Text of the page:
After recently seeing a South Indian flick revolving around the story of an army man and his valiant death in the service of the nation, I’ve been thinking of Major Sandeep Unnikrishnan (15 March 1977 – 28 November 2008). He was an officer in the Indian Army serving in the elite Special Action Group of the National Security Guards. He was martyred in action during the November 2008 Mumbai attacks. He was consequently awarded the Ashoka Chakra, India’s highest peacetime gallantry award, on 26 January 2009. He was the only son of retired ISRO officer K. Unnikrishnan and Dhanalakshmi Unnikrishnan.

It’s been almost 10 years since his passing and I was looking at the narrations and thoughts of his proud mother.  She gets a new T-shirt for her son on the day of his birthday. Recently actor Tovino Thomas visited their home after she expressed an interest to meet him after he starred in an army movie. She gifted him one of those T-shirts and cooked for him appam and stew, her son’s favorite dish. Probably because I was in the mood after watching the flick, but I’m deeply moved and ardently melted by these gestures and the strength of their family.

Ajay Sukumaran writes on Outlook India

Over these 10 years, Major Sandeep Unnikrishnan’s parents have grown used to spending a large part of their time travelling to events or meeting people. A few months ago, they were in Kerala to speak at a school, despite Dhanalakshmi’s nagging backache. “I will go and speak as long as my health permits,” she says. She has so much to share with people about her son. “After he has gone, we have only him to talk about.”

Upstairs in their two-storey home is a gallery, a labour of love for their son. “He would keep his things very carefully. So we were wondering what to do with them. And that’s how we created this,” she says. There’s an astonishing collection of personal articles and memories, painstakingly put together four years ago. A harmonica, a nursery-class gift from his father which Sandeep treasured; the first cup he won in a school sports tournament and several other accolades that followed; his clothes and shoes, all neatly pressed and polished, in a glass wardrobe; the Ashok Chakra medal and citation; the bag with a change of clothes that he carried into Operation Black Tornado and his entire kit; the dirt from the spot he fell, at the Taj Mahal Palace Hotel, which the family visits every anniversary (a sofa from the room is now at the NSG’s headquarters in Manesar); the Indian flag his body was wreathed in.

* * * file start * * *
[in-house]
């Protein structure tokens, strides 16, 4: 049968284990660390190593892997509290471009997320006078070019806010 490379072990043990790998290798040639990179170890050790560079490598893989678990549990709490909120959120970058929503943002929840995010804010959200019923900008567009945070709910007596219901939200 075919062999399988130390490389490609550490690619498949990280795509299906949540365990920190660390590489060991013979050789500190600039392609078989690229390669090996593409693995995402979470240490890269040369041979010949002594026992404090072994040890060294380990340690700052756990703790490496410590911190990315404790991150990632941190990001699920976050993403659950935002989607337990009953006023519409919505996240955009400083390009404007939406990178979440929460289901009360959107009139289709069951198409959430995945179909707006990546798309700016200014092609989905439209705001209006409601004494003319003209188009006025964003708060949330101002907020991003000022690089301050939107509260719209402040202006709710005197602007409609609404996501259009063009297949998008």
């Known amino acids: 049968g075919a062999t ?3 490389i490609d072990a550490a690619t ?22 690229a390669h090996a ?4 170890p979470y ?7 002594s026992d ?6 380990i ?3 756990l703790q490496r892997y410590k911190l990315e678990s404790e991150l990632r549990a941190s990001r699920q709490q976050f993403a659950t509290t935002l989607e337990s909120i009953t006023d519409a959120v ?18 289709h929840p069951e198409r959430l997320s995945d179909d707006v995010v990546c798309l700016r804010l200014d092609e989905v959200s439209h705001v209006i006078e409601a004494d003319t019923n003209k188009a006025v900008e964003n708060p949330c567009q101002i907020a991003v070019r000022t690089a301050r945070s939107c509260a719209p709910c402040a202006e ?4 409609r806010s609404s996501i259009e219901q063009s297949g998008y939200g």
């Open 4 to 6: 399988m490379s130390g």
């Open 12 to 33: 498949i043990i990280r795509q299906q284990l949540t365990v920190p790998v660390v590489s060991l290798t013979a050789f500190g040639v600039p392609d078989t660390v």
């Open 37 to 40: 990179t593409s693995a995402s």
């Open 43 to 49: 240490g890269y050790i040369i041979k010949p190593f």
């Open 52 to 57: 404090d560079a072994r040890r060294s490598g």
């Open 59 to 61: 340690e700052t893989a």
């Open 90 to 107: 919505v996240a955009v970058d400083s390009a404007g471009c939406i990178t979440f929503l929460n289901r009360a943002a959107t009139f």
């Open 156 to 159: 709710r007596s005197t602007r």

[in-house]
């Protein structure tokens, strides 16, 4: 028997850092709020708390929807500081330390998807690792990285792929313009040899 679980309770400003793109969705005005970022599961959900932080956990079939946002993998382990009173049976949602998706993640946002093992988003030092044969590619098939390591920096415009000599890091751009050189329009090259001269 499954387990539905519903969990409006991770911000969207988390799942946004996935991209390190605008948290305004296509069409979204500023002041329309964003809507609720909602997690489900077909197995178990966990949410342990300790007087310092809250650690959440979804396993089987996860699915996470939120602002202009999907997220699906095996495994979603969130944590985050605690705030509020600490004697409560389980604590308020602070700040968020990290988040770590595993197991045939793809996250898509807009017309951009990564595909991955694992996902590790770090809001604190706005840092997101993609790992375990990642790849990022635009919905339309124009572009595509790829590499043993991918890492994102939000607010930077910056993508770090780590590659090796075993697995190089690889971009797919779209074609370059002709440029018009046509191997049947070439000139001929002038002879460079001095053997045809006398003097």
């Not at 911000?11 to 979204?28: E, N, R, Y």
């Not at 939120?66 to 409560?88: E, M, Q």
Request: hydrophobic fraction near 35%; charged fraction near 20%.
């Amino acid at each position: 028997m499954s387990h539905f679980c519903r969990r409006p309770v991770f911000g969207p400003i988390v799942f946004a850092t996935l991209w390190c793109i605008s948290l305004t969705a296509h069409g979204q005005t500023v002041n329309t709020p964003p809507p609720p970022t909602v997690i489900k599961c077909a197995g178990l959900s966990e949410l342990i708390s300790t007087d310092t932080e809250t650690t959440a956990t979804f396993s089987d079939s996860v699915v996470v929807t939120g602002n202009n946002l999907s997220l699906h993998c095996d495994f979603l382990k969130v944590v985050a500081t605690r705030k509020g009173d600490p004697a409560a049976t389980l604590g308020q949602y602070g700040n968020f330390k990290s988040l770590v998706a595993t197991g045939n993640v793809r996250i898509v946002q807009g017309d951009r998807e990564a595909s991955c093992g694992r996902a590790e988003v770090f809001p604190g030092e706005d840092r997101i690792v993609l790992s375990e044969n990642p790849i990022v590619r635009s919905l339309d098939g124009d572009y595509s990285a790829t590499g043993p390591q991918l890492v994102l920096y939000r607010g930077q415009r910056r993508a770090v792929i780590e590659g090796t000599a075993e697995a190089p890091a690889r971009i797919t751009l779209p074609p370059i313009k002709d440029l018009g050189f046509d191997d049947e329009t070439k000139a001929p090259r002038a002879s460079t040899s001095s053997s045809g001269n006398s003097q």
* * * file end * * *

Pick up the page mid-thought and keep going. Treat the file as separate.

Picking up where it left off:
On another side of the room, a glimpse of the personal side of a man dedicated to his profession—His 1999-model music system, an old point-and-shoot camera, his small collection of movies, among them Akira Kurosawa’s Seven Samurai. He had told mom to keep the CDs safe, and so she did. There are other mementos: the towel she wrapped her four-month-old baby in when the family moved to Bangalore in 1977; a T-shirt the one-year-old had worn. It is still work in progress, she says. There are so many more articles to add.

Every year on Sandeep’s birthday on March 15, his best friend from school brings a bouquet which his mother keeps alongside his photo until the next birthday. His military colleagues stay in touch and schoolmates, many abroad now, drop in with their kids. “Frankly, if you ask me, why was he so popular? I would say he deserved it,” says Unnikrishnan, who is in his mid-seventies. “Sandeep is living in many minds.” The family lives by the ideals that Sandeep set for himself. “We have learnt a lot from him,” says Unnikrishnan. “I always make sure I dress well,” his wife adds. “That’s how Sandeep liked it.”

Sandeep’s Ashok Chakra, the country’s highest peacetime gallantry award was received her mother and the citation in it reads:

“Major Sandeep Unnikrishnan led the commando operation launched on 27 November 2008 to flush out terrorists from Hotel Taj Mahal, Mumbai in which he rescued fourteen hostages. During the operation, his team came under intense hostile fire, in which one of his team members got grievously injured. Major Sandeep pinned down the terrorists with accurate fire and rescued the injured commando to safety. In the process, he was shot in his right arm. Despite his injuries, he continued to fight the terrorists till his last breath. Major Sandeep Unnikrishnan displayed most conspicuous bravery besides camaraderie and leadership of the highest order and made the supreme sacrifice for the nation.”

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